Yeah, I'll add two more sections about you. So we got to keep pumping sales. So I think we heard about Claire's amazing background, both in terms of Google, in terms of Stripe. You're also on multiple boards, which you may want to talk about a little bit. HubSpot, the Atlantic Aurora, the self driving car company you wrote Scaling People, which I think is sort of an instant classic. And it has a lot of different frameworks you can use as you sort of work through things. And we can talk about that a bit. But I was hoping to maybe start a little bit with your time at Google. And I feel like there's a handful of companies that at any given moment in Silicon Valley are very formative, both in terms of the people who work there, the culture that gets set and sort of spread throughout the Valley. And Google is one of those, and stripe is one of those. And so I was just hoping to start a little bit with, like, how'd you end up at Google, what made you decide to go there? And then I had some specific questions on that.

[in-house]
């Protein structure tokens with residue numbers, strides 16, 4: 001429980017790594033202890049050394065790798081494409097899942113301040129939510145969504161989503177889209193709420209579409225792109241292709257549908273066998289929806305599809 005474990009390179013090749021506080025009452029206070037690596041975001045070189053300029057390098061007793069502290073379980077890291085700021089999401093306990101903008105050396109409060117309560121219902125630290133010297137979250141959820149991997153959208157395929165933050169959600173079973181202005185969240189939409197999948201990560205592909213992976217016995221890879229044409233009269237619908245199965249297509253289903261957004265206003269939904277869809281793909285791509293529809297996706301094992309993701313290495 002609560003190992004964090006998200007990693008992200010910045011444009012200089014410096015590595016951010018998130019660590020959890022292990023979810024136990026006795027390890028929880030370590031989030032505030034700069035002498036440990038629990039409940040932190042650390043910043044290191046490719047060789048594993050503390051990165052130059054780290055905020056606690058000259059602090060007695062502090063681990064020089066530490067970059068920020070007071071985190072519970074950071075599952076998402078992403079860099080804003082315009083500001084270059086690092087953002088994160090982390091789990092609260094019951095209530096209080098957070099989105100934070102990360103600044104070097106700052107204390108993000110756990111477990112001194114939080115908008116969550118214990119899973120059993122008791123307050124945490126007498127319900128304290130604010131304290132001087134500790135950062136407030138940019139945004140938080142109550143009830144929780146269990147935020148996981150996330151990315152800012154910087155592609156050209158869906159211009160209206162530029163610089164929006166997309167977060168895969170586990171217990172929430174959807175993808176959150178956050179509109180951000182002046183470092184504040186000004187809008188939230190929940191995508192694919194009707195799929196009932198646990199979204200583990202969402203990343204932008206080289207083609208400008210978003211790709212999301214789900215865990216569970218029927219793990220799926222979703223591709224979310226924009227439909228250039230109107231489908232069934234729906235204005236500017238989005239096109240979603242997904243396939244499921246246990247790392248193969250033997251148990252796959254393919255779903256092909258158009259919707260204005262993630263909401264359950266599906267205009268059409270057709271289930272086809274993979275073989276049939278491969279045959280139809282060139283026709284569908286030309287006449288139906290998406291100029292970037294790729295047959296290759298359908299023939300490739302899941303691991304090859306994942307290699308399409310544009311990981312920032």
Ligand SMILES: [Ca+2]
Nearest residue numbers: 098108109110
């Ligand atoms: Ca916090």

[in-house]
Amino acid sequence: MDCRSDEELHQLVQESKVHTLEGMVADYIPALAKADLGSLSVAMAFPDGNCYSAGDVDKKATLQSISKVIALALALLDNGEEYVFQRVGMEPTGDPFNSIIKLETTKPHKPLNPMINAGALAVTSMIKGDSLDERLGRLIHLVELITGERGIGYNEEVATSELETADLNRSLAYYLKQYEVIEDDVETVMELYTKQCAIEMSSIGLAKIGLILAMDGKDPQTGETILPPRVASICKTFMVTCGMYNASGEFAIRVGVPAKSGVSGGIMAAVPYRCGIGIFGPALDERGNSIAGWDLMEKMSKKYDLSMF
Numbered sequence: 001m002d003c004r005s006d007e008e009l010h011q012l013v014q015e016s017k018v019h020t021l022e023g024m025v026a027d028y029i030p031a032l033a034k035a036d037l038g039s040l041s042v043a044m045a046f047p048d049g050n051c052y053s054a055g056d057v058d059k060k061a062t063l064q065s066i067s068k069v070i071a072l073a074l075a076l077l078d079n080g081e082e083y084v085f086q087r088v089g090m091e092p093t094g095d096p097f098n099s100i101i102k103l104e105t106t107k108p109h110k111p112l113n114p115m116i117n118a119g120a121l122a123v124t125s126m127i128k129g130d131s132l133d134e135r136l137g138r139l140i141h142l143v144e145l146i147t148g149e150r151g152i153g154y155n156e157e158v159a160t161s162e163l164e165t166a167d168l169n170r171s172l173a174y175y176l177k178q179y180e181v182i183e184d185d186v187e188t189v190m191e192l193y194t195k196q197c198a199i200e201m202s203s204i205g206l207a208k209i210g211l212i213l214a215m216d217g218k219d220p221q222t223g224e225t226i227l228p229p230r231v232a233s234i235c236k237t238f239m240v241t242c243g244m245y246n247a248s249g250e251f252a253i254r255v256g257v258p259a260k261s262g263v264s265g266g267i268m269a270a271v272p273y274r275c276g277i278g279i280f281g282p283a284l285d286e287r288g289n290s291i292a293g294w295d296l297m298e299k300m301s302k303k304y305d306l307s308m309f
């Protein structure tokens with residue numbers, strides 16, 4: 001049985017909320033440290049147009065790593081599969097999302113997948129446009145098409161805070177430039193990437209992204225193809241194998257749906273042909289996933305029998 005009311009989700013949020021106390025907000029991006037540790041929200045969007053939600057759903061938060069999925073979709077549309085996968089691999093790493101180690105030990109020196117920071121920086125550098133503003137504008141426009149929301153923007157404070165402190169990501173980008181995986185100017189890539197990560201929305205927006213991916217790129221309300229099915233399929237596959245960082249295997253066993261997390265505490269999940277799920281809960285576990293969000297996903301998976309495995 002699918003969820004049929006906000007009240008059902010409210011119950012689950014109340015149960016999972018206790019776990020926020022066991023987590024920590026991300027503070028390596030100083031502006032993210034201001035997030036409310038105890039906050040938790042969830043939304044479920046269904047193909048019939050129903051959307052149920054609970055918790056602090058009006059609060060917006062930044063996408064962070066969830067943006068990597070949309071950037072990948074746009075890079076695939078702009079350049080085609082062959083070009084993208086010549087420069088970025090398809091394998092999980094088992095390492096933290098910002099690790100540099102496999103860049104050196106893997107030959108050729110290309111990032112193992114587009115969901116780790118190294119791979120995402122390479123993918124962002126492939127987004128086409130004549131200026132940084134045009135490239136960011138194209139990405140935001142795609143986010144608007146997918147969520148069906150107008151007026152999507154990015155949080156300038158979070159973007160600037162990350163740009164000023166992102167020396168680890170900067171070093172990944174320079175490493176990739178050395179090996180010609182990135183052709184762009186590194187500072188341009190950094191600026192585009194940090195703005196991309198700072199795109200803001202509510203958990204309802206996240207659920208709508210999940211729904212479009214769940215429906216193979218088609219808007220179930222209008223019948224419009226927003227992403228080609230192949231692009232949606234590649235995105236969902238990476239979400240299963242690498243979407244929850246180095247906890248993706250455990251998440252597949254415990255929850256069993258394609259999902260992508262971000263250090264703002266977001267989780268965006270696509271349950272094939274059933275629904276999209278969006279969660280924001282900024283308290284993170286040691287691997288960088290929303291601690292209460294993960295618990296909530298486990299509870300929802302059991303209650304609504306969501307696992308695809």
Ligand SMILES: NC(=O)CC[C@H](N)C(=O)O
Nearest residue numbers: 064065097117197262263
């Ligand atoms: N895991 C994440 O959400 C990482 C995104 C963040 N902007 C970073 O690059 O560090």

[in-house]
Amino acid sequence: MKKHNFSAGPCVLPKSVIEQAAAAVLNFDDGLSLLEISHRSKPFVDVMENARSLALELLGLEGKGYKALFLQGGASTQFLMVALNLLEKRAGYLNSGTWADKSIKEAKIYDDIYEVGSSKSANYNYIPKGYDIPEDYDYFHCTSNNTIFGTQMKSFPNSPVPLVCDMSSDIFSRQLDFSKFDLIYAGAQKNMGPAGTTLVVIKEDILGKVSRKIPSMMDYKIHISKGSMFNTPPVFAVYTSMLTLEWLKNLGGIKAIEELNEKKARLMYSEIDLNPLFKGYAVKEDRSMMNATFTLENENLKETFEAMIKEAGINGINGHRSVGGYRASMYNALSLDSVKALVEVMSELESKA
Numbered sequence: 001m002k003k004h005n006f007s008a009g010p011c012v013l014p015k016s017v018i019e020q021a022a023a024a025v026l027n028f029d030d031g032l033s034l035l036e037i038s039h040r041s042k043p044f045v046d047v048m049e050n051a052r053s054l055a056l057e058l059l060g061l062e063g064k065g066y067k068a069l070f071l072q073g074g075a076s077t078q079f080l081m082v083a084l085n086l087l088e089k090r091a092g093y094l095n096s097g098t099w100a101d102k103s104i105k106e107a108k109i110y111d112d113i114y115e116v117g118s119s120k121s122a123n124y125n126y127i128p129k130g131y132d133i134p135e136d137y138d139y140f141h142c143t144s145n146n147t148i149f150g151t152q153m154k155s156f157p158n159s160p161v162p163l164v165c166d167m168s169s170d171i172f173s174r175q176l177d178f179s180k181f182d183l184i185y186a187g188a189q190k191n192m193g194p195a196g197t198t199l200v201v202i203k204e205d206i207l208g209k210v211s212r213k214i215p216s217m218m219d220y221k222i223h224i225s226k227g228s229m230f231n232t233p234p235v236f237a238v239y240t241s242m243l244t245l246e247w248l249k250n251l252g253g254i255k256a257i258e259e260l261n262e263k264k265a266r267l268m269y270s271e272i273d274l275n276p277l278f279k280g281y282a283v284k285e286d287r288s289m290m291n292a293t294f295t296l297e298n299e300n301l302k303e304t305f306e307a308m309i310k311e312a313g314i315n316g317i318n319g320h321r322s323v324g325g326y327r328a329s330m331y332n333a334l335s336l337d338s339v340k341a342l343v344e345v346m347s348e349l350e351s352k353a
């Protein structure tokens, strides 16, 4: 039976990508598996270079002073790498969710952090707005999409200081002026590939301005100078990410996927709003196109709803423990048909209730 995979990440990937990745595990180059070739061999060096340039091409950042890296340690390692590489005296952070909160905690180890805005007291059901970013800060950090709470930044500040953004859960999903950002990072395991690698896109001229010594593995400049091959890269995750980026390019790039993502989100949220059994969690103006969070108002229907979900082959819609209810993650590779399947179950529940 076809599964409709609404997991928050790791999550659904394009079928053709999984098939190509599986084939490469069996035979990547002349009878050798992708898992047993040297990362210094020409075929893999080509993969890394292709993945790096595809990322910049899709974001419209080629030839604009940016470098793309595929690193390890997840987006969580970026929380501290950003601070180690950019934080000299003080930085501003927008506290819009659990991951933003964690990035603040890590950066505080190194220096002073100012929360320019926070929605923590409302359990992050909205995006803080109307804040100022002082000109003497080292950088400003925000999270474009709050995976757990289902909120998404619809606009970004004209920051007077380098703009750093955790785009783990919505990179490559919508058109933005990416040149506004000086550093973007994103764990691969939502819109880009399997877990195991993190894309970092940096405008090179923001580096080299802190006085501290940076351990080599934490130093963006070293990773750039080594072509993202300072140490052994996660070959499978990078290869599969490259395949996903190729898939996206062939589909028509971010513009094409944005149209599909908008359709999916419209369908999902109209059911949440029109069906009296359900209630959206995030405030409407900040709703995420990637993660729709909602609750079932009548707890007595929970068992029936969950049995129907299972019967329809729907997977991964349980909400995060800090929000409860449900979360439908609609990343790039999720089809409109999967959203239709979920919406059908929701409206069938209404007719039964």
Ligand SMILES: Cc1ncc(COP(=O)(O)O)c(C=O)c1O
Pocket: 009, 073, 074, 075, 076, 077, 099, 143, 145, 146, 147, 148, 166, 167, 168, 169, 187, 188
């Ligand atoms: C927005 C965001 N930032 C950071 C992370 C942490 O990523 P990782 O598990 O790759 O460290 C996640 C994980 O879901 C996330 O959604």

Yeah. And a lot you and I work together at Google, so you might also answer this question. So in what people ask me about career decisions I made, I think a few times in my life I made decisions not to do the thing everyone else was doing. And one of them was I quit my job in consulting in New York City, and my then boyfriend, now husband, and I decided to move to California and just started new life here and figured we'd find jobs. This was right after the.com bust in the early 2000s. So our families were like, don't love this plan. You irresponsible young people. And I was interviewing at a bunch of different companies, but not all tech, because that wasn't exactly my background, though I had worked my consulting firm had a technology arm, so I worked with some engineers. But I loved Google as a product. And I got introduced into Cheryl Sandberg's org by a friend of mine from business school and was like, well, would they really need me? Because it was early. I was like, I mean, I wasn't and they were they convinced me that they might need my skills. And I walked in. By the way, it was the biggest place I'd ever worked. I think it was around 1800 people. It was extremely chaotic and really fun. We worked so much because we were growing. I think we more than doubled in size my first three or four years. So from like about 2000 to 4000, 4000 to 8000, we were on a really steep and we interviewed you remember this, we were interviewing people like 40 hours a week and then doing our jobs those first initial years. But you're right, it's formative for me, certainly. But I think a lot of what Google put into practice and how it ran itself was studied by other companies. And I think some of those things translated well and some didn't, which you probably have some opinions about.